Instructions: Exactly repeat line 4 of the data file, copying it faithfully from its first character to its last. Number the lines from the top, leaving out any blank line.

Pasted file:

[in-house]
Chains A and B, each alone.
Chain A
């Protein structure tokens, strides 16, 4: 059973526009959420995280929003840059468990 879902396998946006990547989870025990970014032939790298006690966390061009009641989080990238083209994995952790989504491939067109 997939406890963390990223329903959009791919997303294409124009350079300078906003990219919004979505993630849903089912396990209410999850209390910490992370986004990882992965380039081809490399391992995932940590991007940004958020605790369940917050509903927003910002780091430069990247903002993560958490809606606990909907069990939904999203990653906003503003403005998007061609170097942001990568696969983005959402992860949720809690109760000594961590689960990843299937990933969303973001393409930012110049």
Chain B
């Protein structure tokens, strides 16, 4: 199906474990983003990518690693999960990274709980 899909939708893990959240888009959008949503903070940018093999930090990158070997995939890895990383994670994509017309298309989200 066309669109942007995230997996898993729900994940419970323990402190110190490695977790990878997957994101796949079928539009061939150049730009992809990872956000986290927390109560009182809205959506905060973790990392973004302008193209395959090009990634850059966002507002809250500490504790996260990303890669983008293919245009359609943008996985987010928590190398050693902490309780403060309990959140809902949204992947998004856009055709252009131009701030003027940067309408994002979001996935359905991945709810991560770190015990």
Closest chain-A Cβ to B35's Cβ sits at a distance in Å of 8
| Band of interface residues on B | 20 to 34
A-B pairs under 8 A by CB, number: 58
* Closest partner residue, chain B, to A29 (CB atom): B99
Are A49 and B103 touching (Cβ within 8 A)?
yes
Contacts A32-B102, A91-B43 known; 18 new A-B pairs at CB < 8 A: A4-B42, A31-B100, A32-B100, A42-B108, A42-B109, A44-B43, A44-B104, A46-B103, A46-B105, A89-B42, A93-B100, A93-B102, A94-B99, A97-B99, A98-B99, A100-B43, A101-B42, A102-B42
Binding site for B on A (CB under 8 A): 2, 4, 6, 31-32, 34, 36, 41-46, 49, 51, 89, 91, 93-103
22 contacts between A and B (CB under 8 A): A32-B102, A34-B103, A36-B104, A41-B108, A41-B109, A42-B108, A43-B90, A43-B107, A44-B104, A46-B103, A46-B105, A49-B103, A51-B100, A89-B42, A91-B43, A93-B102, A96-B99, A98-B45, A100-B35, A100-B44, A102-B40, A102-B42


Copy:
């Protein structure tokens, strides 16, 4: 059973526009959420995280929003840059468990 879902396998946006990547989870025990970014032939790298006690966390061009009641989080990238083209994995952790989504491939067109 997939406890963390990223329903959009791919997303294409124009350079300078906003990219919004979505993630849903089912396990209410999850209390910490992370986004990882992965380039081809490399391992995932940590991007940004958020605790369940917050509903927003910002780091430069990247903002993560958490809606606990909907069990939904999203990653906003503003403005998007061609170097942001990568696969983005959402992860949720809690109760000594961590689960990843299937990933969303973001393409930012110049």